When an American business encounters a dispute with a Chinese company, the procedures for resolving the dispute are different than if they simply wanted to sue another organization in the U.S. Today, we cover the basics of resolving disputes in China.
The basic options for dispute resolution in China are the same as we find here in the United States: negotiate, arbitrate, or litigate. Below, we focus on arbitration and litigation in China.
The China International Economic and Trade Arbitration Commission
The most popular venue for disputes with Chinese businesses, the CIETAC provides “foreign-related” arbitration rules for cases where one company does not operate in China. If American and Chinese businesses enter into a contractual relationship, they can designate CEITAC as the venue for disputes. They can also specify the nationality of the members of the arbitration panel if they wish.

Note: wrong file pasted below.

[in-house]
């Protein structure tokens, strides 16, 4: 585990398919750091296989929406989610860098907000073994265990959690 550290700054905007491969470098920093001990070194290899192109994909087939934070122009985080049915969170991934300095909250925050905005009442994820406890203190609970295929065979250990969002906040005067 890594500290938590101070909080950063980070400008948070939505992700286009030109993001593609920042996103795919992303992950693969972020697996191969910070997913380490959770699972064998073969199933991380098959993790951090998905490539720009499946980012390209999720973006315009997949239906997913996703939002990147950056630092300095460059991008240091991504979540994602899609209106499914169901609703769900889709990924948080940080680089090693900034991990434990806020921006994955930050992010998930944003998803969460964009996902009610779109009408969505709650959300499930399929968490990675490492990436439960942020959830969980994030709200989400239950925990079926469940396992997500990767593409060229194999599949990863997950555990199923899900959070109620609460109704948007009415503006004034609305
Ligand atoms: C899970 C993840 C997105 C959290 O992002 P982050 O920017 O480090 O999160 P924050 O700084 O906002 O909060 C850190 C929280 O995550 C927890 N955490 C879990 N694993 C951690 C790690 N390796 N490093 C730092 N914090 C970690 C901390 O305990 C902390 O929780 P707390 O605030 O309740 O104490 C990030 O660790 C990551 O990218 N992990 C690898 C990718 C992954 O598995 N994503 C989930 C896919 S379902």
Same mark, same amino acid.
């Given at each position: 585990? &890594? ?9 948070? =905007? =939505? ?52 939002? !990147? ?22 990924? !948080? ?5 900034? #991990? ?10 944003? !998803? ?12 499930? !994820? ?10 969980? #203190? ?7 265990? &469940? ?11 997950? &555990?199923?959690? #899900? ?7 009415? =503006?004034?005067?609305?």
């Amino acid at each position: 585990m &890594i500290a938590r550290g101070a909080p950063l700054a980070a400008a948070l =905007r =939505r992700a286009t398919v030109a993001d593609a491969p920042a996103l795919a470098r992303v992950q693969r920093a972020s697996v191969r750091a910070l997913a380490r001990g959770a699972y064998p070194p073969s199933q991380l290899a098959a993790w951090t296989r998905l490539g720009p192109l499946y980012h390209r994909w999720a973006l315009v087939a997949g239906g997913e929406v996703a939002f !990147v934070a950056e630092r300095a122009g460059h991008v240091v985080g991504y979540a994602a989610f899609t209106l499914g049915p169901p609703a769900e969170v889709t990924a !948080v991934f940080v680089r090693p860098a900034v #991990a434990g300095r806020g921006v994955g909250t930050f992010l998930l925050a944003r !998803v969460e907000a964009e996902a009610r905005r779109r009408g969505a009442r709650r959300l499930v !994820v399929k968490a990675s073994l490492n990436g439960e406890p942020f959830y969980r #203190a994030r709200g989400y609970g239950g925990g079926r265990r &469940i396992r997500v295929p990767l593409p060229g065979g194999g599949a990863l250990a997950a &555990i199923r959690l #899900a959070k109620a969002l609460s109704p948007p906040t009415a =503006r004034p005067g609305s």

Under the United Nations Convention on the Recognition and Enforcement of Foreign Arbitral Awards, arbitration awards in one country are enforceable in other signatory states.
Litigation in Chinese courts
In the past, many observers have lamented the state of China’s judicial system. However, the implementation of China’s new International Commercial Court may signal a move toward better litigation in the country. Originally intended to only deal with “belt and road” cases, the International Commercial court can now take on disputes involving large foreign businesses.
Disputes in China can also be resolved through mediation, rather than going to trial, similarly to the system in the United States. If a business finds itself facing a dispute in China, it often helps to consult an attorney experienced in the laws of both systems.